Through NASA and scholars program,
the sky is no limit for Vasquez
By Billi London-Gray
Krissy Vasquez has been a standout student throughout her college career. But for the electrical engineering senior at Texas State University, success is secondary to the rewards of simply enjoying her work.
“I just like to think, design and build,” she says.
Vasquez says choosing her college and career path was not difficult; her father and two aunts attended Texas State. Thanks to an exceptional opportunity in high school, choosing her major also was a no-brainer.
“I discovered my major while working on a NASA experiment,” she says. “I was doing engineering before engineering was my major.”
While still in high school, Vasquez was chosen as a student research participant in a 2006-07 NASA experiment aimed at measuring mass in space. After high school graduation, she enrolled at Austin Community College and then transferred to Texas State. As one of Ingram School of Engineering’s star students, she was selected to participate in a 2009-10 NASA experiment testing SRED (Smart Resistive Exercise Device) as a way to mimic free-weight exercise in space.
Vasquez was also accepted into the prestigious Houston-Louis Stokes Alliance for Minority Participation Scholars Program (H-LSAMP), a National Science Foundation-funded program in the College of Science at Texas State. H-LSAMP creates a structured community where students receive faculty mentoring, undergraduate research and internship opportunities, and other forms of individual academic support.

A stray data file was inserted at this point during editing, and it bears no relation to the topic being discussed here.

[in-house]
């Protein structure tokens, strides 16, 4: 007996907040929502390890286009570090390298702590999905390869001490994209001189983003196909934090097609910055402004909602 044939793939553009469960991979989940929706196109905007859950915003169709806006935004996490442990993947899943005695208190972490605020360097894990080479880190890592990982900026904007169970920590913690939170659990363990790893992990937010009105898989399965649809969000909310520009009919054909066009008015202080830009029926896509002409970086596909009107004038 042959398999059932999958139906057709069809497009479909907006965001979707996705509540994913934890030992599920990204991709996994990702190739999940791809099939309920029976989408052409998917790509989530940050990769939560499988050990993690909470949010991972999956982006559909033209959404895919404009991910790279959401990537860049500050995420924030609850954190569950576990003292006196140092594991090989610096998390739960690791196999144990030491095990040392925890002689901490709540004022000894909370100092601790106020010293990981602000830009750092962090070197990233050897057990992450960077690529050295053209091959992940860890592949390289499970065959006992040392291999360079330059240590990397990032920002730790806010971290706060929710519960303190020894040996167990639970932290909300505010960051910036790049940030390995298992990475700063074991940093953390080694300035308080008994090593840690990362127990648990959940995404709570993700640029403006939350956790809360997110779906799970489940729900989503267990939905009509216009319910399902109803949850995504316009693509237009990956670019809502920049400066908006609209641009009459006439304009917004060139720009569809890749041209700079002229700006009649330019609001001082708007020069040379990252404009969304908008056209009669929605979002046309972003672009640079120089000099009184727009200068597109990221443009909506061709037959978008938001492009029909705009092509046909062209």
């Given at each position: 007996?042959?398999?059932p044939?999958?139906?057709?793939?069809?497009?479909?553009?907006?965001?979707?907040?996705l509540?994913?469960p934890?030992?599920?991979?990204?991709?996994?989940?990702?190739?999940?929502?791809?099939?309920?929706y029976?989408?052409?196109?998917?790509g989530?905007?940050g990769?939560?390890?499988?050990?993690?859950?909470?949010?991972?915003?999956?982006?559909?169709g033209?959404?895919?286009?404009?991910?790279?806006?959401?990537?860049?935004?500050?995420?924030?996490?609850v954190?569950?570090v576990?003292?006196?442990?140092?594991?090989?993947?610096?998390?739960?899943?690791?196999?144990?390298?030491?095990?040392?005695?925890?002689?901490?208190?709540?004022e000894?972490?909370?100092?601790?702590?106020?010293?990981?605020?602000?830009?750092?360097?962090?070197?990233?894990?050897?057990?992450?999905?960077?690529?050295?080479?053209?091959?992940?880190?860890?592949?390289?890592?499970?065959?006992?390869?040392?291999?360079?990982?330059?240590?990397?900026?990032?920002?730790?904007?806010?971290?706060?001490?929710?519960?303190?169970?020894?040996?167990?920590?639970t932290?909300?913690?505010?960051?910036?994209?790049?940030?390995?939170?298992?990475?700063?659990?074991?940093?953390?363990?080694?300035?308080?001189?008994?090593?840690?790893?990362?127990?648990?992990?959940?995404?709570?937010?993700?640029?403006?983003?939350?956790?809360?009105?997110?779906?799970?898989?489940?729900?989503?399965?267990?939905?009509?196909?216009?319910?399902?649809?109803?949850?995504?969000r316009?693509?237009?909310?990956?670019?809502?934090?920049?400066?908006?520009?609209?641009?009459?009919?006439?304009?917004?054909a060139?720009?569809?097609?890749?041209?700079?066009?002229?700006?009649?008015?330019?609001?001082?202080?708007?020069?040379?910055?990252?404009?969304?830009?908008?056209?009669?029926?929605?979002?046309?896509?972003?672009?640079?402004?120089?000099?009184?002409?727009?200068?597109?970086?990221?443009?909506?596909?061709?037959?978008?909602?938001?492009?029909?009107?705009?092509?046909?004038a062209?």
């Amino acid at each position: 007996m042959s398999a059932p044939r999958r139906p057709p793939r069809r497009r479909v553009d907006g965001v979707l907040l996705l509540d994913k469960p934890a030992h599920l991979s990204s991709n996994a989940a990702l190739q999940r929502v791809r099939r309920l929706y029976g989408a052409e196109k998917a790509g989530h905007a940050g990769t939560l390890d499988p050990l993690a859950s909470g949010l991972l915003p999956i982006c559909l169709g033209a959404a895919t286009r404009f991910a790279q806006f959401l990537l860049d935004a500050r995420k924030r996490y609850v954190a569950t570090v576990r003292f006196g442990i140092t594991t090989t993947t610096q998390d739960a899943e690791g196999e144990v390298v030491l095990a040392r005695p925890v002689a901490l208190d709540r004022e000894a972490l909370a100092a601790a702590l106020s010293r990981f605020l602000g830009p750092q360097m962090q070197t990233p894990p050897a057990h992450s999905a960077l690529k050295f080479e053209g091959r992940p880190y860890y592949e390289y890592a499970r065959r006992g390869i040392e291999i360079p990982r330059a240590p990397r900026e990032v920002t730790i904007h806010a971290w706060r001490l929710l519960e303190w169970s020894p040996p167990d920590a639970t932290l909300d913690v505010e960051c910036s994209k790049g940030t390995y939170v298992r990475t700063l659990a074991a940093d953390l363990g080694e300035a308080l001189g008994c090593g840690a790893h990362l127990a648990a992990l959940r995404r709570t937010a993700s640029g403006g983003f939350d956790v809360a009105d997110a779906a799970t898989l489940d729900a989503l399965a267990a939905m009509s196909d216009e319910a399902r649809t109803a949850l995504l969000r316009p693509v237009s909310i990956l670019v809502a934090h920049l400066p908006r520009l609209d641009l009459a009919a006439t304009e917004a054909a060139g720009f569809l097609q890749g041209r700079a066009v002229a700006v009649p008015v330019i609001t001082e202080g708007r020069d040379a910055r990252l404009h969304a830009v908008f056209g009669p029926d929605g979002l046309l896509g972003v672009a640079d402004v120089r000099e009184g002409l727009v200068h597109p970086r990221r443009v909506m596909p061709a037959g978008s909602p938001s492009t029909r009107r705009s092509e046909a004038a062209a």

The program aims to substantially increase the number of students — especially minority students — graduating with bachelor’s degrees in the sciences, technology, engineering and mathematics.
“Christina Vasquez is among a rarified group: female, an electrical engineer, and Hispanic,” says Susan Romanella, the director of the H-LSAMP Scholars Program and one of Vasquez’s faculty mentors. “She has forged collaborative research ties with students and faculty from both ACC and Texas State, culminating in her selection as the leader of a student group that participated in the summer 2010 NASA research experiments.”
For her senior design project, Vasquez is developing an automated document camera. Most commonly, document cameras are mounted over a surface where books, objects and documents can be photographed and projected live onto a screen. Vasquez’s project will increase the versatility of a document camera.
“My camera-controlled device sends a signal to a microcontroller, and the microcontroller moves a servo motor to follow hand movement of the user,” she says.
After she graduates from Texas State in December, Vasquez plans to pursue a career in research and development, preferably working on aerospace applications.
“I plan to go straight into the job market. I love to work,” she says. “I am preparing to work at Boeing R&D in Seattle, Wash.”